Although it’s widespread in India, the samosa is not originally from India. There may be a metaphor in there about the Aryan Invasion Theory, but let’s ignore the metaphor and focus on the food. Here’s a Quartz story about the origins of the samosa:
From Egypt to Libya and from Central Asia to India, the stuffed triangle with different names has garnered immense popularity. Originally named samsa, after the pyramids in Central Asia, historical accounts also refer to it as sanbusak,sanbusaq or even sanbusaj, all deriving from the Persian word, sanbosag. In South Asia, it was introduced by the Middle Eastern chefs during the Delhi Sultanate rule, although some accounts credit traders for bringing the fare to this part of the world.
The post seems to have been written by a Pakistani person, so it focuses more on the Pakistani keema samosas, while briefly acknowledging that in India, it has been vegetarianised, so that the samosa filling has become potato instead of meat.
I never knew until I was out of school that samosas could come with meat instead of potato and peas. By that time, I had already gone off samosas forever. This was because of how bad potato samosas in Delhi can get, especially when you’re trying to make them as cheap as possible. Of course, for government canteens, which operate on lowest financial bid contracts, making things as cheap as possible is imperative, so there is nothing quite as awful as a government samosa. It is the nadir of cost cutting, and features the coming together of:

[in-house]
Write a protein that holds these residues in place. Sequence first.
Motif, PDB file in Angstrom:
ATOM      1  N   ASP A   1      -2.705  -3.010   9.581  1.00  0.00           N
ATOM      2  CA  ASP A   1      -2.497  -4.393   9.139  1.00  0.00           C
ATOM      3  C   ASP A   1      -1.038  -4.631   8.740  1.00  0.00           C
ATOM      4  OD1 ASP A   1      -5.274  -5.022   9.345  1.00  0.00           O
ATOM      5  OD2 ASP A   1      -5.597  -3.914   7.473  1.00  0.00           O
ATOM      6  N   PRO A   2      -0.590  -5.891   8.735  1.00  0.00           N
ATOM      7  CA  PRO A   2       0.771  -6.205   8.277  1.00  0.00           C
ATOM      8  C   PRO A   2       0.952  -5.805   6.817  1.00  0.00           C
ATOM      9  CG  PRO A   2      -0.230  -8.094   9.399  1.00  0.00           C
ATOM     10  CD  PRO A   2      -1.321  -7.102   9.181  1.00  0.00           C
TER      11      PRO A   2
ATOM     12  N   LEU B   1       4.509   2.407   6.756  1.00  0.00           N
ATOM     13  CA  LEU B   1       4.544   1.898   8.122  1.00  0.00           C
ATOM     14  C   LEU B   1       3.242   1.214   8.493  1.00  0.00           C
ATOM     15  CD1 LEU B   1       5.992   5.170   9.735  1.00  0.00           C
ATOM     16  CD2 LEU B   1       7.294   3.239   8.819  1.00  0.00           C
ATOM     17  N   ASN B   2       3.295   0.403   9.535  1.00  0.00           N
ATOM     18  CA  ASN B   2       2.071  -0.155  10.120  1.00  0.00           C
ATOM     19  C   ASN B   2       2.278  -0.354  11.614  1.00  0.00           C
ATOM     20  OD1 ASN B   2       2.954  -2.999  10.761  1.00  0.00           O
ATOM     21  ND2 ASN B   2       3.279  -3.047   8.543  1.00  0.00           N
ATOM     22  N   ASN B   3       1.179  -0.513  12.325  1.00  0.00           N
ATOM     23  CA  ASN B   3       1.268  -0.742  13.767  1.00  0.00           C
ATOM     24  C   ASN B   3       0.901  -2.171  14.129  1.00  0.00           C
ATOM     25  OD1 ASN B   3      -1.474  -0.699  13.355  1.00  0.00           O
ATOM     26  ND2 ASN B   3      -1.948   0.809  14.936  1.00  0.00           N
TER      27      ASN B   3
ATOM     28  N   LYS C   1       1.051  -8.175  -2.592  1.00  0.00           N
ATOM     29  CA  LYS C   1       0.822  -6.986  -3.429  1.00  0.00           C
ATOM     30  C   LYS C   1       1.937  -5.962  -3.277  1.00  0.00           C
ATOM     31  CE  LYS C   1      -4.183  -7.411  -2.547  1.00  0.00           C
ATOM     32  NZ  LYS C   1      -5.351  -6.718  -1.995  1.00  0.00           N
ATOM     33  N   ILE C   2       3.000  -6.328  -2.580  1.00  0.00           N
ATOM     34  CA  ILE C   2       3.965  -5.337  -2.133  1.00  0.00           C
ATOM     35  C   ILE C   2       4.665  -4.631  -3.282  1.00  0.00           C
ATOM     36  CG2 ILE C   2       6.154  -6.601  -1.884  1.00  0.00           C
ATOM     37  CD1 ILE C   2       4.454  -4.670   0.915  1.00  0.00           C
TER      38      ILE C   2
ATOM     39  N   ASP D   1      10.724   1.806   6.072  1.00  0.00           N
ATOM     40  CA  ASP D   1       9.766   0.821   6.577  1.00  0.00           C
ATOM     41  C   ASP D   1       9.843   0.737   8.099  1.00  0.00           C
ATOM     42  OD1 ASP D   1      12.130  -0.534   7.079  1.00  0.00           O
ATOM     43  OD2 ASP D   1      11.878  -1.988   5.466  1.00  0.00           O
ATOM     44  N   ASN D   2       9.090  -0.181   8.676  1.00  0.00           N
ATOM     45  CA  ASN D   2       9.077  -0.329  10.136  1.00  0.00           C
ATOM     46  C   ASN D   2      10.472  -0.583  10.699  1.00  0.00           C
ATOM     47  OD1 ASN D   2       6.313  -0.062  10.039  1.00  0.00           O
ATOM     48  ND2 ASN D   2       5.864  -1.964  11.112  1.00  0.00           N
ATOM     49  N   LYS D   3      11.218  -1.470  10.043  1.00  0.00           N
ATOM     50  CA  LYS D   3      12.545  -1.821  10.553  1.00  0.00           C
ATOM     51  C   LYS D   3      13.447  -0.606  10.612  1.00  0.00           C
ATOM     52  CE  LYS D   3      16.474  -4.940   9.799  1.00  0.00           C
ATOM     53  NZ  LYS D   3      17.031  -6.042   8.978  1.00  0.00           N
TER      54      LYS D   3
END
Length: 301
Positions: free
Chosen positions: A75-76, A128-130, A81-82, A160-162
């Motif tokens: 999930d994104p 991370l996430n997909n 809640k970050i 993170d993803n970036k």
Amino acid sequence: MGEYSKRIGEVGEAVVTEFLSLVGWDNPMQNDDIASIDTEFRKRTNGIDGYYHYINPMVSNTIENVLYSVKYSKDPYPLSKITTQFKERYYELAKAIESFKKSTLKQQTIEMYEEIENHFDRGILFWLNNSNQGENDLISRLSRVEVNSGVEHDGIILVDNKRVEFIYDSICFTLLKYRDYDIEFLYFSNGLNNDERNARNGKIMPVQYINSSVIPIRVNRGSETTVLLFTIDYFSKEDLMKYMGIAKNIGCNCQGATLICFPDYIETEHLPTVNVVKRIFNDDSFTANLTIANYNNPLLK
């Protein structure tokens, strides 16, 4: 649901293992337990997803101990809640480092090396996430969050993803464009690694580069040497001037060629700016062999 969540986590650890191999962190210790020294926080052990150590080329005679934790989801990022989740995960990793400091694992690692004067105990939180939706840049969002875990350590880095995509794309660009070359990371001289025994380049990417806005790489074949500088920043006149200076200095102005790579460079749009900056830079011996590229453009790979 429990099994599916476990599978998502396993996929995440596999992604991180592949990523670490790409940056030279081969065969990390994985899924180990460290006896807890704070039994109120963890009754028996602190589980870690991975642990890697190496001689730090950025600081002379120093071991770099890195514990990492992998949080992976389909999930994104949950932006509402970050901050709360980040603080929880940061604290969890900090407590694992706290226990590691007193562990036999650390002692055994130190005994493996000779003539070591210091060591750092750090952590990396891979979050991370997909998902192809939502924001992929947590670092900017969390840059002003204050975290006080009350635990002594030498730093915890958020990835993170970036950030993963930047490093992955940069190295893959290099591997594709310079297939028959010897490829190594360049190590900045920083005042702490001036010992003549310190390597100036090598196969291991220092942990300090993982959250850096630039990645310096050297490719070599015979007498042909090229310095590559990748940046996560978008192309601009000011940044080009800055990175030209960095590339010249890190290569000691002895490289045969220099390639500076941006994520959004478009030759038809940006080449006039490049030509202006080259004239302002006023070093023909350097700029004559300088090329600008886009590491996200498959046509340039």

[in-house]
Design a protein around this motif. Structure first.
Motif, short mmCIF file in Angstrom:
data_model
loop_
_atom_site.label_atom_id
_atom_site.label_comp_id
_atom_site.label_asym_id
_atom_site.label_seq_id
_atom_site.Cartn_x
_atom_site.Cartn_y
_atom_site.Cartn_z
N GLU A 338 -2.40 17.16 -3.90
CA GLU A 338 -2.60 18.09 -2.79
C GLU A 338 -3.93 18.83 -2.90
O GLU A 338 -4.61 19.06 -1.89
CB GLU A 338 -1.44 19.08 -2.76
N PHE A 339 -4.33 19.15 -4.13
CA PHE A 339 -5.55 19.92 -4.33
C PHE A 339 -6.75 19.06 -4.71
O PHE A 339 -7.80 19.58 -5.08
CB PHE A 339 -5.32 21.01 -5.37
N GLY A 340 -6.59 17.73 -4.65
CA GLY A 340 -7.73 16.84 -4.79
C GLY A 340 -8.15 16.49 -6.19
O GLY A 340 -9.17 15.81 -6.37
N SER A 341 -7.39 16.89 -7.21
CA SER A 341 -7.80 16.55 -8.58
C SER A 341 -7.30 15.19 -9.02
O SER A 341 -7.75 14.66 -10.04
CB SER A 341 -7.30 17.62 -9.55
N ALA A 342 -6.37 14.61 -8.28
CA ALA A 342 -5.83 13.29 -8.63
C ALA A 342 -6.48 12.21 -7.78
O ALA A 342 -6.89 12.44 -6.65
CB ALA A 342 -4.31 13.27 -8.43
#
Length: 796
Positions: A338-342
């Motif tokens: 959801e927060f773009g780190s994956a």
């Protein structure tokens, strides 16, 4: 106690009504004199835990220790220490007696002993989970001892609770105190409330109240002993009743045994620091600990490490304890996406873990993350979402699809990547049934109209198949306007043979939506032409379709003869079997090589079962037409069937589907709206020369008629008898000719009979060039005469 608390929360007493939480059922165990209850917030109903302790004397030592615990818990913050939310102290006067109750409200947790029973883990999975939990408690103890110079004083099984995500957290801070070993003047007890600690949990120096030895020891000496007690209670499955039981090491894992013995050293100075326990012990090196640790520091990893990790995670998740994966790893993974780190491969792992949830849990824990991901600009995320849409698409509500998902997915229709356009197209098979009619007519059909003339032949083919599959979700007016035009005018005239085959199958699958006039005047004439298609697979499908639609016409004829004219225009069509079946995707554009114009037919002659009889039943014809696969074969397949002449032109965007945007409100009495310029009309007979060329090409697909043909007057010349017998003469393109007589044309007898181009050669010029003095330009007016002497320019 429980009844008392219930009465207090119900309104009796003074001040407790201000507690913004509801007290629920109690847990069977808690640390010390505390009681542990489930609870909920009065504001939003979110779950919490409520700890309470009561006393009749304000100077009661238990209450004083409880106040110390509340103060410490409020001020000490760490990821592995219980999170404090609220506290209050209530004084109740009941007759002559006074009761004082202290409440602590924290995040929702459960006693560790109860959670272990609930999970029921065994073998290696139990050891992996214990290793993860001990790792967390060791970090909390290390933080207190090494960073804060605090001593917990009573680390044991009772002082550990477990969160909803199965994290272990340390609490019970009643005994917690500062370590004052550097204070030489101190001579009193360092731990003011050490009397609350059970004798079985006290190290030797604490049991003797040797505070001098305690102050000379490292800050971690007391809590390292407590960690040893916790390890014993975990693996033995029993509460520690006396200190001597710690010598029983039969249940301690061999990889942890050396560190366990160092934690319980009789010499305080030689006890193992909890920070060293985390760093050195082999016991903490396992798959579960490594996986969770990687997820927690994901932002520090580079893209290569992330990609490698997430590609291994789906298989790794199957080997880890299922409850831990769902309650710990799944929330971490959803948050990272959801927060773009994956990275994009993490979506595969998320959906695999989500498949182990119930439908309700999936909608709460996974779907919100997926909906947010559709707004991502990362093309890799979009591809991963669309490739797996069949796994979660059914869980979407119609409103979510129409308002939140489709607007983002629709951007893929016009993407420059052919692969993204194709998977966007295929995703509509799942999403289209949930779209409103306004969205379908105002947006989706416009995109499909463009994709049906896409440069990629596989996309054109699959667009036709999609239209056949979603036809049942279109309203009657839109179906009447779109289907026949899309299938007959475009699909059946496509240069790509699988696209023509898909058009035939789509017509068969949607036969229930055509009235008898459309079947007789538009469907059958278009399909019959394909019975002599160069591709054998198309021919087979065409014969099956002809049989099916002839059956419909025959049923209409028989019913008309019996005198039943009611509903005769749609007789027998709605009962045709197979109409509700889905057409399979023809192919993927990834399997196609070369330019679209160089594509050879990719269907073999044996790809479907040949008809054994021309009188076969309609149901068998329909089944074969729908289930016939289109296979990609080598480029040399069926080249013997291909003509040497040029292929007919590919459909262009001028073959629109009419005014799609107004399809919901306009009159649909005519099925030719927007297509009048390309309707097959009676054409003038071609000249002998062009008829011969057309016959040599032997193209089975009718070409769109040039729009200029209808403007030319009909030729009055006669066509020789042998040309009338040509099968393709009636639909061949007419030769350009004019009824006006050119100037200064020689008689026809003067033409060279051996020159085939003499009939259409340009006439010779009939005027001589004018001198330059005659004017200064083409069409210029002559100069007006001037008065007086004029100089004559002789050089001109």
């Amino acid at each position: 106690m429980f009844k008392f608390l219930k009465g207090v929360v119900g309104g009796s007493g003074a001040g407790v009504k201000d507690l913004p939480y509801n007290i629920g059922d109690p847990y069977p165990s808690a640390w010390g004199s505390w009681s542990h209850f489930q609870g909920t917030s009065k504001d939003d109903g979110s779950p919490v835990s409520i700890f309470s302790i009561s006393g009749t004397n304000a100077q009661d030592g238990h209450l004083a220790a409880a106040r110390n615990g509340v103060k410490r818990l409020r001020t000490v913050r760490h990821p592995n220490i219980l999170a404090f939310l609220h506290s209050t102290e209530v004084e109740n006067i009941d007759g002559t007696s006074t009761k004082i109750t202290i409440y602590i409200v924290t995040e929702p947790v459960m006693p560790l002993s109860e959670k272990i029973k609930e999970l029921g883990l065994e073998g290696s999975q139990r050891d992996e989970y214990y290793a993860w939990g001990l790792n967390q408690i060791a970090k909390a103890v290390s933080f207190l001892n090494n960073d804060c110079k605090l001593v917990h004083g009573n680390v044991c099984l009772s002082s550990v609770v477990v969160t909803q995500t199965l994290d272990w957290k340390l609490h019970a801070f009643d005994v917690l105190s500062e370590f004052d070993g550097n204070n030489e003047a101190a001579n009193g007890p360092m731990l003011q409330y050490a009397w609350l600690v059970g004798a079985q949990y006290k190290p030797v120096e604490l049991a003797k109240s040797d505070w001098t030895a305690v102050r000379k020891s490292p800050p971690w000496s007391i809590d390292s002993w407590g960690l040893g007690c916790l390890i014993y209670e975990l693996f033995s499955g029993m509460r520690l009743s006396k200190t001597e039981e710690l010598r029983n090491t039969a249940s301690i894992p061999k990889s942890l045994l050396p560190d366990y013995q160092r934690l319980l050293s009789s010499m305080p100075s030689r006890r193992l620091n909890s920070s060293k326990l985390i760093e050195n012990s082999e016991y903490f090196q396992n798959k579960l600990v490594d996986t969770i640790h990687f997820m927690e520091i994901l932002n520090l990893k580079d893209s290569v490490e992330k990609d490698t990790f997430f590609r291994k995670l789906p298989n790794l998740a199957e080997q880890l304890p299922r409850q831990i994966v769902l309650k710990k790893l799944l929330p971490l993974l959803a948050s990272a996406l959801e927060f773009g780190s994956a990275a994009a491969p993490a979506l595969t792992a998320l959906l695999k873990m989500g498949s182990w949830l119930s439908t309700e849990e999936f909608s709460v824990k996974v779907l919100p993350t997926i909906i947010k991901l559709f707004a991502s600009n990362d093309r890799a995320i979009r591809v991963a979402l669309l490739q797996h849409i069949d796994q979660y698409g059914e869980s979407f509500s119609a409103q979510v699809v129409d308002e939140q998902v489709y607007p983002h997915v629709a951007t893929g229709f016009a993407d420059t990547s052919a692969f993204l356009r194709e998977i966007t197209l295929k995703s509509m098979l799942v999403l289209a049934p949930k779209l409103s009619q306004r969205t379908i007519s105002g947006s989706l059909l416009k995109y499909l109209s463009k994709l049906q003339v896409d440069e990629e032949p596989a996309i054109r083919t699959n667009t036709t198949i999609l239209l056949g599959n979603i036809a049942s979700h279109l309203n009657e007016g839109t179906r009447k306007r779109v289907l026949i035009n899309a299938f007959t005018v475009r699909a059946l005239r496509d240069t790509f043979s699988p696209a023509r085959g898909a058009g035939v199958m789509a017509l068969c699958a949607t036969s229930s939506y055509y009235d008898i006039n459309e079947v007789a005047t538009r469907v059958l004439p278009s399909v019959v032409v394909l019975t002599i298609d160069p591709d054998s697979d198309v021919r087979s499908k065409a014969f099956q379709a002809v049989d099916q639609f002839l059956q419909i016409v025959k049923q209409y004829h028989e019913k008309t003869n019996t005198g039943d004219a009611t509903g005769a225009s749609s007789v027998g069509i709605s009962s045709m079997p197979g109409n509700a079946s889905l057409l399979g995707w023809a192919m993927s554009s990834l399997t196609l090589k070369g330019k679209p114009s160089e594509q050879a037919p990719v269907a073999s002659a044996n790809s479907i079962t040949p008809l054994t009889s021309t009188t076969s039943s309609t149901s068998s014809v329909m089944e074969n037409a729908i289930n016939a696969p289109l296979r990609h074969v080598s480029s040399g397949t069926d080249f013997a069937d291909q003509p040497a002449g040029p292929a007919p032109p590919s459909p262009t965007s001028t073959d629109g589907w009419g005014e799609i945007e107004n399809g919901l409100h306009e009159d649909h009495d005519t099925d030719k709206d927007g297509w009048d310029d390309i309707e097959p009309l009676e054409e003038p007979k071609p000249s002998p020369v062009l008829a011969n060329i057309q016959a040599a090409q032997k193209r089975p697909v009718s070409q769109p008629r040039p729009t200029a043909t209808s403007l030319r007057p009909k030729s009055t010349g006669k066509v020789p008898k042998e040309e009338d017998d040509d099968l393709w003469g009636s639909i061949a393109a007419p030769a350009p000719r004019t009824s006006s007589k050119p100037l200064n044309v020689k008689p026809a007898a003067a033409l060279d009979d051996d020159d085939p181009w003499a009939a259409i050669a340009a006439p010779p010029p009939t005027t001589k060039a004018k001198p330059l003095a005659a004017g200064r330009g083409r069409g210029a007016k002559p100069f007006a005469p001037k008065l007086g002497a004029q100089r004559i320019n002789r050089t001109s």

- The worst quality of potatoes (and Indian potatoes are already pretty bad compared to potatoes from the rest of the world)
- Deep frying the samosas in dalda instead of oil
- Watered down tamarind chutney
Now consider the vada pao. This, unlike the samosa, was almost certainly created in India. And it started out vegetarian. It has always been a deep fried mashed potato ball stuffed inside a bun.
What if we sent the vada pao on the reverse journey of the samosa? That is, from a vegetarian potato beginning; we turn it into a meat item? We mince various kinds of meat, fry each in besan (or maybe even another sort of batter), and then put the result into a pao. And after various experiments, we figure out the best possible meat and batter combination and end up with something that’s more expensive, but far tastier and healthier than a potato burger. If it works, we could give the recipe to Central Asia, as a way of saying thank you for all the samosas.